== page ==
A Cunning Predator

Therapies improve for asbestos-caused cancer.

KATY HUMAN
PUBLISHED: SEPTEMBER 27, 2006
Talk about this article with other patients, caregivers, and advocates in the Lung Cancer CURE discussion group.
When Klaus Brauch began experiencing chest pain six years ago, he assumed it was his heart. He was working a high-stress job and his blood pressure had been off the charts. Doctors eventually diagnosed him with congestive heart failure and the software company manager prepared for life with a diseased heart—not cancer. Certainly not a rare cancer called mesothelioma. “Misdiagnosis is how it starts for so many people,” says Brauch, now 56, of Huntington Beach, California. “It becomes a wild goose chase.” Six months after Brauch experienced his first symptoms, doctors confirmed a diagnosis of mesothelioma.  

About 3,000 Americans will be diagnosed with mesothelioma in 2006, and the rising incidence of mesothelioma outside the United States isn’t expected to peak for another 10 to 20 years. While lung cancer affects the airways of the lung itself, pleural mesothelioma affects the tissues lining the lung and the chest and accounts for the majority of mesothelioma patients. Mesothelioma can also grow across the thin mesothelial tissue that lines the abdomen (peritoneum) or, rarely, the heart or testicles.

Mesothelioma is unusual in that it’s tightly linked with an environmental cause—asbestos exposure, which accounts for more than 80 percent of cases. A variety of migration mechanisms have been proposed to explain how inhaled asbestos fibers reach the pleural surface, but none have been proven. While inhaled asbestos fibers can lead to pleural mesothelioma, it’s believed that peritoneal mesothelioma develops from asbestos fibers that are swallowed and become lodged in the digestive tract. If a person has been exposed to asbestos, smoking greatly increases his or her risk of asbestos-related lung cancer, though smoking does not appear to affect pleural mesothelioma risk. Research also points to a possible connection between asbestos and laryngeal cancer.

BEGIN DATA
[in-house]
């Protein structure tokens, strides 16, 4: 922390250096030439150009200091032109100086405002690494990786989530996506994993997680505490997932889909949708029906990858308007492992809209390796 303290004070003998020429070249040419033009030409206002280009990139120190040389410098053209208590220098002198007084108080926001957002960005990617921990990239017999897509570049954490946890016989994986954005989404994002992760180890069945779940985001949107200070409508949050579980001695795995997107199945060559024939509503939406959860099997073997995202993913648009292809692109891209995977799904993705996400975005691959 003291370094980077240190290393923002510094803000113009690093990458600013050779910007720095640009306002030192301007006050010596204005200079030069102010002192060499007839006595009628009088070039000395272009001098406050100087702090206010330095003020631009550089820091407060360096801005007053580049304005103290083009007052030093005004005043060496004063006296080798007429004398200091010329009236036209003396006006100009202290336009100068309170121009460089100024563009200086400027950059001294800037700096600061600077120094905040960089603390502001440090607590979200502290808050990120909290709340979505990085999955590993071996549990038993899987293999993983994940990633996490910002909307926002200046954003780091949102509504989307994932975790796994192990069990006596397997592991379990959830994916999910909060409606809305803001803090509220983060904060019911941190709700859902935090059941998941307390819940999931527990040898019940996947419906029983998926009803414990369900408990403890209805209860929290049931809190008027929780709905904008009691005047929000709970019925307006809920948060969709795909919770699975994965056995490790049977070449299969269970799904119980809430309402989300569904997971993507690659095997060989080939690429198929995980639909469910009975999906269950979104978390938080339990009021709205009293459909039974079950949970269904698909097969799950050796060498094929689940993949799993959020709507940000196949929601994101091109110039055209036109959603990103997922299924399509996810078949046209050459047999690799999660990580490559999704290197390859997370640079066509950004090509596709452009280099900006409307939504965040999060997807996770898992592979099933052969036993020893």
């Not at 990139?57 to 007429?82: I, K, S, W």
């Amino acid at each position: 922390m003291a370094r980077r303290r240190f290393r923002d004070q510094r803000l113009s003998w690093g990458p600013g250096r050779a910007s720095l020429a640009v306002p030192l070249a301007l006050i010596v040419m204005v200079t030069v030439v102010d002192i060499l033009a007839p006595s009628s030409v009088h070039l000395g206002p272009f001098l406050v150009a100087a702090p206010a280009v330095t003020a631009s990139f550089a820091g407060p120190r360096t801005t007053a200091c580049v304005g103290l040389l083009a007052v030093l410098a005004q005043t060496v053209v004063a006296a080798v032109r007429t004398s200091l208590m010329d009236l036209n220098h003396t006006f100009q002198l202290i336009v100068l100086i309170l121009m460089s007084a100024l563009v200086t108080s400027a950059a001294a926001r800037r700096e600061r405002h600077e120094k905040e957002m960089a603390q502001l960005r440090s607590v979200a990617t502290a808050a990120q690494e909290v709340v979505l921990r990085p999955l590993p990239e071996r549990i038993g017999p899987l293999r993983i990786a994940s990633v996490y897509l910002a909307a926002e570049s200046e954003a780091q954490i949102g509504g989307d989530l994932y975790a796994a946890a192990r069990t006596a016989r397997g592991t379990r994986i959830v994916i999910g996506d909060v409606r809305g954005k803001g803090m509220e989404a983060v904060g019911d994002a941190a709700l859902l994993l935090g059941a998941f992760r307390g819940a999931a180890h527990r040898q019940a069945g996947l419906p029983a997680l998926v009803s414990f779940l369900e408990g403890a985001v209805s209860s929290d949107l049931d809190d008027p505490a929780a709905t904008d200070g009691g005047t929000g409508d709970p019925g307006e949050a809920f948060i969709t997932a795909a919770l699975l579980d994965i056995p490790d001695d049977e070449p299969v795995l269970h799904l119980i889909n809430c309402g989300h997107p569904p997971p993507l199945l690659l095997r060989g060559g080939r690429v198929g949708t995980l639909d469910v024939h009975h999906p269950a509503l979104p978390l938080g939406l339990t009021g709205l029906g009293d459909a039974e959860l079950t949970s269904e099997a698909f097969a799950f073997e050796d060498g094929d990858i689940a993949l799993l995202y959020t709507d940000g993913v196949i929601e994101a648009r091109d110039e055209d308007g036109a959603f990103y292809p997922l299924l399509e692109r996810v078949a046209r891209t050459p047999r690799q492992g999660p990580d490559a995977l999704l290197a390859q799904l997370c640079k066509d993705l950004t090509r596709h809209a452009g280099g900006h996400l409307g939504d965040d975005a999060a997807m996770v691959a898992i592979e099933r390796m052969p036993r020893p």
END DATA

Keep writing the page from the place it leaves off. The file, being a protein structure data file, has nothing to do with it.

View Illustration: Mesothelioma: Cause & EffectMost mesothelioma patients worked or lived in a place where they were exposed to asbestos. Brauch handled asbestos-containing materials as a teenager during a summer contractor job, and later while refinishing a house.

Researchers believe asbestos triggers cancer in several ways, says Harvey Pass, MD, a leading mesothelioma expert and chief of thoracic surgery and thoracic oncology at New York University Medical Center. The mineral’s microscopic fibers may physically injure cells during replication, causing genetic changes that lead to cancer. Asbestos fibers may also contain elements that chemically interact with cells, damaging genetic material and thus leading to cancer. Finally, the fibers may trigger immune system changes that lead to cancer. 

Typical mesothelioma patients worked in shipyards or as miners, but Brauch’s story isn’t unusual, says Jill Dyken, PhD, an environmental health scientist with the federal Agency for Toxic Substances and Disease Registry. Family members of miners and defense workers have also developed the disease—many with relatively little exposure. “We don’t know what level of exposure is enough to cause mesothelioma,” says Dr. Dyken.

Talk about this article with other patients, caregivers, and advocates in the Lung Cancer CURE discussion group.
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